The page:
Religion And Chemistry -- By: Andrew P. Peabody

Journal: Bibliotheca Sacra
Volume: BSAC 022:87 (Jul 1865)
Article: Religion And Chemistry
Author: Andrew P. Peabody

Religion And Chemistry1

Rev. Andrew P. Peabody

No one who is acquainted with Professor Cooke’s habits of thoroughness, accuracy, and fidelity as a teacher and lecturer will doubt that on the scientific side this volume is the best that it could be within its compass and for its purpose. As a compendious and lucid statement of the chemistry of the atmosphere, combining a precision worthy of the lecturer and a simplicity of illustration adapted to a popular audience, it merits our highest encomium. We cannot but admire the subtile skill and the comprehensive grasp with which he not only gathered up, but assimilated, a wide diversity of facts and laws from every realm of nature, intimately, but not obviously, related to the structure and functions of the atmosphere and its constituents, and has so colligated them that they must henceforth retain in the reader’s mind the grouping into which they are here brought. This mode of treatment at once serves as a system of mnemonics for the learner, and, what is of immeasurably higher importance, leads his thought easily and naturally to that unity of plan and purpose in nature which revelation teaches, which true science postulates, and toward which the progress of scientific discovery constantly tends.

But it is as a treatise in the department of natural theology, that this volume claims to be judged. This is its prime purpose, and its value must rest on the author’s success in this aim. It cannot, indeed, be claimed for him that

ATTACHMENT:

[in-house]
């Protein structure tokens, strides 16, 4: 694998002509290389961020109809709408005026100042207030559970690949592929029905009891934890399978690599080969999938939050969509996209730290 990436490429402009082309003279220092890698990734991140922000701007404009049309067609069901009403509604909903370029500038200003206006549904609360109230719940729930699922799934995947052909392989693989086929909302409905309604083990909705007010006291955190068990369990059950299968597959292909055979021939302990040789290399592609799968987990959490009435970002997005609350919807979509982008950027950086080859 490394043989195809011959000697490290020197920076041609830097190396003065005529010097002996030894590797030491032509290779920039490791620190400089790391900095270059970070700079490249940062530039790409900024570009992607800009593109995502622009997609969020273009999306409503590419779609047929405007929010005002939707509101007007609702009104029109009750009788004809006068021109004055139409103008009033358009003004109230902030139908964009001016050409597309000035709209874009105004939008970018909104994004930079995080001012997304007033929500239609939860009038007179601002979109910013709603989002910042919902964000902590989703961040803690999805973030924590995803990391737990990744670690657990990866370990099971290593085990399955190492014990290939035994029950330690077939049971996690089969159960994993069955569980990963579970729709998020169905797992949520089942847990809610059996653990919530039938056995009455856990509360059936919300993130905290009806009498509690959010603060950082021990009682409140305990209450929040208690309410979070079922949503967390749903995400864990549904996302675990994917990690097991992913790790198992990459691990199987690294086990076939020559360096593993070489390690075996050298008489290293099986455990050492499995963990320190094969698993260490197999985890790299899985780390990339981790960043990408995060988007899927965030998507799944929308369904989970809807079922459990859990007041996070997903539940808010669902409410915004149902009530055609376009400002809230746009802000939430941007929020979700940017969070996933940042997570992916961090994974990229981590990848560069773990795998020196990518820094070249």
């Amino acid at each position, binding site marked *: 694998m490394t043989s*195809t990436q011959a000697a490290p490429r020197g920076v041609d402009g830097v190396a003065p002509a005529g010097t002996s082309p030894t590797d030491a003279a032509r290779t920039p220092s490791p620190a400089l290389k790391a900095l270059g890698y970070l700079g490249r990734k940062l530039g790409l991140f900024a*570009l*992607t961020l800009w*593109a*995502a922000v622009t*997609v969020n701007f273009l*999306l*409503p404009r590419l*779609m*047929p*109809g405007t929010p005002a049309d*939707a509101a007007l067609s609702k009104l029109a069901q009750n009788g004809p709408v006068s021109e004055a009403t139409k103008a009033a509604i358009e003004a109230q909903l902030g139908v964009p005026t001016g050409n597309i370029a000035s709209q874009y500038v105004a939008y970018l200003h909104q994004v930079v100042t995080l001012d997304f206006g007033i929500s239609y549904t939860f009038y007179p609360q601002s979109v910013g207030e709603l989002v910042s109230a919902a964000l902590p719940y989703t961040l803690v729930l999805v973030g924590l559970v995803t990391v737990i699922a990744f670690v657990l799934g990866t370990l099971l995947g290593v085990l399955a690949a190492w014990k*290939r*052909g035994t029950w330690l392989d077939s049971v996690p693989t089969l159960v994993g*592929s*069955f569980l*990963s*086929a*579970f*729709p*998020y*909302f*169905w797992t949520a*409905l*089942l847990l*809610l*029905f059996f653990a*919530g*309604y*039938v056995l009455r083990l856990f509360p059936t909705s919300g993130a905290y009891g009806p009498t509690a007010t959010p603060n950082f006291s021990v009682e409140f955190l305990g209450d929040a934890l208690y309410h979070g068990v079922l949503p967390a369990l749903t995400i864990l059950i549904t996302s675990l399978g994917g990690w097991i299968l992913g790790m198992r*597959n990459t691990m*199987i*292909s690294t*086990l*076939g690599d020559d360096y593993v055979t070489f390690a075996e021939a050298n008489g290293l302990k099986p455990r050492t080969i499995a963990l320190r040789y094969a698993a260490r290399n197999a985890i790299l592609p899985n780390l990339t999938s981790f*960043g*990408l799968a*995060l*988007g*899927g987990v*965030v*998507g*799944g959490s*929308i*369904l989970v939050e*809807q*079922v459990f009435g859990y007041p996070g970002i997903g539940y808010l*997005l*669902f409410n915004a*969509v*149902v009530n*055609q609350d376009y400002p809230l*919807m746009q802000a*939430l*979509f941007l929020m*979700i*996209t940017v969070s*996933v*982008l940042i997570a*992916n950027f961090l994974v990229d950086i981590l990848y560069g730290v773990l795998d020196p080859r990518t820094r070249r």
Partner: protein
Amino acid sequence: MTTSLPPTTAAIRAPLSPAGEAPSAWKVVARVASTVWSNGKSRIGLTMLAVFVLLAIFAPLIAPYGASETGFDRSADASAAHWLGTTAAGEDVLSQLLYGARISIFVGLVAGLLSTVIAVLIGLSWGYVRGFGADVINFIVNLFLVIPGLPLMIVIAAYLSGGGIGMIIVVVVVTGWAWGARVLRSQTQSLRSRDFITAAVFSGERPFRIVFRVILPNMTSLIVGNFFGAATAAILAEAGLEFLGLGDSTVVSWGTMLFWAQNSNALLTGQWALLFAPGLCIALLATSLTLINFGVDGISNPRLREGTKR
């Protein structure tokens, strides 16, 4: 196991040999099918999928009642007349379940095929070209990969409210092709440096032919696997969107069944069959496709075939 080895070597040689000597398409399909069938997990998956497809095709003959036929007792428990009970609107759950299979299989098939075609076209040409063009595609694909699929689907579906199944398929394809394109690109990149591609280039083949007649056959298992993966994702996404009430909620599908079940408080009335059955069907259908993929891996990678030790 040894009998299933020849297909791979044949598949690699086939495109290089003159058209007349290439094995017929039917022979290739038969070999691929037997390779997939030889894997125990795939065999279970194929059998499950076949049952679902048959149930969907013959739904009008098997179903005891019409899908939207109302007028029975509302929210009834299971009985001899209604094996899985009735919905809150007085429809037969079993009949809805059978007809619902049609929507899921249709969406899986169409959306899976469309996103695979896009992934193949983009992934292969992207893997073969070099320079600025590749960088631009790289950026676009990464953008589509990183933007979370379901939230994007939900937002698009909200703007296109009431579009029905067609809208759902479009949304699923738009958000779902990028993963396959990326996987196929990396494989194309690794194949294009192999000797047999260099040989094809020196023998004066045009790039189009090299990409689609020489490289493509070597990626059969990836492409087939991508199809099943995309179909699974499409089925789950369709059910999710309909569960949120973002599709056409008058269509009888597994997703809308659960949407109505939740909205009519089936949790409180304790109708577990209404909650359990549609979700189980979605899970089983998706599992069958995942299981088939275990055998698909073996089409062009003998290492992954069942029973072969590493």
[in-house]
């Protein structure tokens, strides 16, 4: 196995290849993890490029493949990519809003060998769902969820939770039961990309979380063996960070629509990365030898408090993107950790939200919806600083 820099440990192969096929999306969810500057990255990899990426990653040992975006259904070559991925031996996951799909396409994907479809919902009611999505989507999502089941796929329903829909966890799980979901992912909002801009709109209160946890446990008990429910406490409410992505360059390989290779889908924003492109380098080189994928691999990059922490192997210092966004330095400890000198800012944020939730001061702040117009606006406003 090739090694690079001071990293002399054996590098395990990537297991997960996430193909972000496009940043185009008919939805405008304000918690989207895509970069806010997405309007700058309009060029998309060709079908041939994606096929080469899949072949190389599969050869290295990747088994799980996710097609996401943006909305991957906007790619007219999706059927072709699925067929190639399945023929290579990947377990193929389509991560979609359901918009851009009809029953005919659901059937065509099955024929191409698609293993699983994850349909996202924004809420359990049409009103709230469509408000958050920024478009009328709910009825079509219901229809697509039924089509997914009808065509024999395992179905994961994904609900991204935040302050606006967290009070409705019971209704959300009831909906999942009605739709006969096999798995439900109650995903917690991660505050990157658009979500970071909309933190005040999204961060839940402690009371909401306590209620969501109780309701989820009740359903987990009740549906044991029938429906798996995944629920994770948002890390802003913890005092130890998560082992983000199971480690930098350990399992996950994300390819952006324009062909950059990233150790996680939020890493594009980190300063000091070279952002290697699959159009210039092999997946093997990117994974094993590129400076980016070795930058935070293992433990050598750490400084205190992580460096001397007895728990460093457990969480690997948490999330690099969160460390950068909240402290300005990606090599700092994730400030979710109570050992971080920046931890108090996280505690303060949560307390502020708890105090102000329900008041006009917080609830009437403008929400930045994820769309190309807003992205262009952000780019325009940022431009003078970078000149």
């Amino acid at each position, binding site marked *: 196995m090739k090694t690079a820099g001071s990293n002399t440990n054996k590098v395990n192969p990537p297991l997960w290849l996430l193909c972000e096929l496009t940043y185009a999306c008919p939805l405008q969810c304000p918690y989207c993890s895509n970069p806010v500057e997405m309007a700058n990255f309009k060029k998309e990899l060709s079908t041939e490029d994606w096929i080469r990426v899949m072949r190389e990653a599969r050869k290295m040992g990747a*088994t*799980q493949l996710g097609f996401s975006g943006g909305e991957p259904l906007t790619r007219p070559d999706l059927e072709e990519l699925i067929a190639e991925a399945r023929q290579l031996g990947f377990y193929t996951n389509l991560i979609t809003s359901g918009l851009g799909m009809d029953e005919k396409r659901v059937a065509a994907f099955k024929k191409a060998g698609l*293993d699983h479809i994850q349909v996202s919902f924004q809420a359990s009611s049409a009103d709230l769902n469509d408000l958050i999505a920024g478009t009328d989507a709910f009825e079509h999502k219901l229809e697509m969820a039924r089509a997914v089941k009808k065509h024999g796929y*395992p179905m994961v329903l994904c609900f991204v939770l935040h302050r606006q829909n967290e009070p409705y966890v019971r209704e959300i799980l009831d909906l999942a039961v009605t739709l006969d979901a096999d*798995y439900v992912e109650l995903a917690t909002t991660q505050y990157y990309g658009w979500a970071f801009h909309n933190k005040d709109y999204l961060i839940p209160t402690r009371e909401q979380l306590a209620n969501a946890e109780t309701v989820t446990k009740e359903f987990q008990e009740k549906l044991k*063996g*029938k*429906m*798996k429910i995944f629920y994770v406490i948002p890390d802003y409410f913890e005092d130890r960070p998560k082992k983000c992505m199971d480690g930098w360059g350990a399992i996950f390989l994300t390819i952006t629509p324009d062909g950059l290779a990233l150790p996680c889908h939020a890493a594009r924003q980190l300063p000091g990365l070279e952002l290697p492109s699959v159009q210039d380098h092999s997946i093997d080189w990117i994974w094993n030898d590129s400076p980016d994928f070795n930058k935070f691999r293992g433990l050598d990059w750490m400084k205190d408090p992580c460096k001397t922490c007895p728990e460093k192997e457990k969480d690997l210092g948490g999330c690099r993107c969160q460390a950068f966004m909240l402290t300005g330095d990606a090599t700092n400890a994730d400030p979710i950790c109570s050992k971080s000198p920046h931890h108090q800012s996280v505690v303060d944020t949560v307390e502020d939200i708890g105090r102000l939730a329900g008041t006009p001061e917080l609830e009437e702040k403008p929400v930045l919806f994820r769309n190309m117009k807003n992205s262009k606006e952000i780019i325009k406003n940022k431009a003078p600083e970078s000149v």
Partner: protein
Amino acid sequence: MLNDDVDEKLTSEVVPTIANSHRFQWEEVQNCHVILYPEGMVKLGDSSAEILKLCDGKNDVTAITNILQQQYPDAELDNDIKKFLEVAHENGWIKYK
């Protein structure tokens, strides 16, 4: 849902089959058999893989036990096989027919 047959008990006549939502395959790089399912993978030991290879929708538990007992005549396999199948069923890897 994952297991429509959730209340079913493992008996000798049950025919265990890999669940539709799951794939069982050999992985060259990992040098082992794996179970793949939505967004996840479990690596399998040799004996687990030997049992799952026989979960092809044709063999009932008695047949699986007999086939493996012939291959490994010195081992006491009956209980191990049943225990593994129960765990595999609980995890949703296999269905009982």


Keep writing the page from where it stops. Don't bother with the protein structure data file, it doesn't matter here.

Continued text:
he has approached the subject from the attitude of indifferentism. His lectures breathe throughout a believing and devout spirit. He has firm faith, not only in the primal truths of natural religion, but in the equally fundamental truths (and equally natural, as we believe) of the gospel,— in revelation, miracle, inspiration, redemption. The heads of his argument are well condensed in the following statement, near the close of his last lecture:

“In the first place, then, I believe that the existence of an intelligent author of nature, infinite in wisdom and absolute in power, may be proved from the phenomena of the material world with as much certainty as can any general truth of science. In the second place, I am of opinion that the facts of nature also prove — although the arguments adduced may be less convincing — that the author of nature is a personal being, and the one only and true God revealed to us in the Bible. Lastly, I think that the relations of the human mind to the material world, viewed in the light of modern science, give us strong reason to believe, on scientific grounds alone, that the universe is still sustained, in all its parts, b...

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